Penn Vet Student Is Awarded Fulbright Grant to Research Swine Abroad
Wednesday, May 04, 2011
[May 2, 2011; Kennett Square, PA] – Seth Dunipace is a graduating senior at University of Pennsylvania’s School of Veterinary Medicine. He will be spending the 2011-2012 academic year studying and conducting research in Denmark. Dunipace has received notification that he has been awarded a coveted Fulbright grant to pursue these endeavors. Dunipace is the first graduating veterinary student in more than 15 years to be awarded a Fulbright grant.
Dunipace, a native of California and graduate of Princeton University, has gained a particular interest in swine farming since arriving at Penn Vet. Last summer he travelled to Denmark to study that country’s methods of swine husbandry and medicine.
“I chose Denmark because they work under very high animal welfare standards,” said Dunipace. “The current project was developed to further my understanding of management and veterinary practices of Danish swine farmers.”
A particular area of interest for the young researcher is decreasing the stillbirth rate of piglets born to Danish sows. Though the Danish mother sows are known for large litters -- 14 piglets or more -- the percentage of stillbirths within each litter is high.
“You would like to see that percentage decrease,” explained Dunipace, “both from an economic and welfare standpoint.”
Throughout the European Union, welfare for farm animals has been improving. By 2013 all sows will be “free housed” in open pens, and can only be confined to gestation crates for a short time following breeding.
This housing structure differs from common practices in other parts of the world, including the US. The Swine Teaching and Research Center at Penn Vet’s New Bolton Center in Kennett Square, PA is at the forefront of swine husbandry research and the teaching of swine production medicine, and is investigating alternative models of modern, humane swine husbandry, including those similar to that used in Europe, for producers throughout Pennsylvania and the United States. The recently renovated building features state-of-the-art technologies for animal comfort, animal feeding, and nutrient management. Along with its research endeavors, the Swine Center also creates a unique training environment for veterinary students like Dunipace.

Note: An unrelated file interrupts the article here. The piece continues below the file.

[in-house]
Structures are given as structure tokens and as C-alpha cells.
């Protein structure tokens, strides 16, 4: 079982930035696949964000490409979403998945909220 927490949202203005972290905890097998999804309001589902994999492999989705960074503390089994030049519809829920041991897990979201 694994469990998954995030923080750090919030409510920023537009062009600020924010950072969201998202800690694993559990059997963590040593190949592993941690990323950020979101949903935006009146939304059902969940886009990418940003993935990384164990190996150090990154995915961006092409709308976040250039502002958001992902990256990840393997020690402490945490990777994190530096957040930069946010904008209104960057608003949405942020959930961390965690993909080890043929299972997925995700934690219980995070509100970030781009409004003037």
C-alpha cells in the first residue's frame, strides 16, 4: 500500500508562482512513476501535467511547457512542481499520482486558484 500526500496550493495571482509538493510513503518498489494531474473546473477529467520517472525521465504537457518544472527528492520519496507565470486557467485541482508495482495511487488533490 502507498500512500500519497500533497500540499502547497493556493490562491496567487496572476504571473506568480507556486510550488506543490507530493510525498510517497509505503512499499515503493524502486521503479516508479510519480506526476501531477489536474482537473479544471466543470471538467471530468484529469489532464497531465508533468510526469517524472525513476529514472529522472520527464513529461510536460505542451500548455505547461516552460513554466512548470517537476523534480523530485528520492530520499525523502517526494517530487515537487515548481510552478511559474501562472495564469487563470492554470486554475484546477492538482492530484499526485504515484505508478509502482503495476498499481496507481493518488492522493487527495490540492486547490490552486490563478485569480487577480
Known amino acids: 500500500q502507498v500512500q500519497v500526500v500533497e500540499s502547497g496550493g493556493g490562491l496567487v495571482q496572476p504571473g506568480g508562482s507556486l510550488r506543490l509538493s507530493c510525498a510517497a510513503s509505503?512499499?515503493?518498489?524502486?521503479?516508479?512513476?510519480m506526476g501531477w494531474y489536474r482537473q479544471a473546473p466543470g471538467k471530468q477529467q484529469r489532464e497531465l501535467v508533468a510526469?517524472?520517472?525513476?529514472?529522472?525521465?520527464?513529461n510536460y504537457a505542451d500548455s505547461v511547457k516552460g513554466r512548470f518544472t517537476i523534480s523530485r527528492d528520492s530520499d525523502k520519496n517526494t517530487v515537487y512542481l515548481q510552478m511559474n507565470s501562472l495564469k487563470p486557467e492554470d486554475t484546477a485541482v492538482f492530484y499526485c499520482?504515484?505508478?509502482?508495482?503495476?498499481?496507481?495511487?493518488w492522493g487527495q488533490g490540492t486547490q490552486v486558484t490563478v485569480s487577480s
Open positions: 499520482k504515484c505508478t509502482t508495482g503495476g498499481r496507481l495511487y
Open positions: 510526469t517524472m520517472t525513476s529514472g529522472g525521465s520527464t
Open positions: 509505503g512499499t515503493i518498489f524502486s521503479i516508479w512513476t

“Exposure to these alternative systems provides future swine veterinarians with expertise that will be needed by the next generation of pig farmers and undoubtedly helped position the forward thinking Dunipace for his successful Fulbright bid,” said Tom Parsons, VMD, PhD director of the Swine Research and Training Center at Penn Vet.
Dunipace will start his year in Copenhagen, then travel to swine facilities throughout the country. He plans to apply his research on management procedures for a master’s thesis at the University of Copenhagen.
“Good welfare is tied to economics,” said Dunipace. “Unless you make welfare economical for producers, you won’t be able to advance the policies.”
The Fulbright Program is the flagship international educational exchange program introduced by late Senator J. William Fulbright and sponsored by the U.S. government. It is designed to increase mutual understanding between the people of the United States and the people of other countries. Selection for the Fulbright Student Program is highly selective, emphasizing leadership potential, academic and professional achievement, and commitment to mutual understanding. Approximately 1,500 scholarships are awarded each year.
Penn's School of Veterinary Medicine is one of the world's premier veterinary schools. Founded in 1884, the School was built on the concept of Many Species, One Medicine. The birthplace of veterinary specialties, the School serves a distinctly diverse array of animal patients, from pets to horses to farm animals at our two campuses. In Philadelphia, on Penn's campus, are the Matthew J. Ryan Veterinary Hospital for companion animals, as well as classrooms, laboratories and the School's administrative offices. The large-animal facility, New Bolton Center, in Kennett Square, Pa., encompasses hospital facilities for the care of horses and food animals as well as diagnostic laboratories serving the agriculture industry. The School has successfully integrated scholarship and scientific discovery with all aspects of veterinary medical education.
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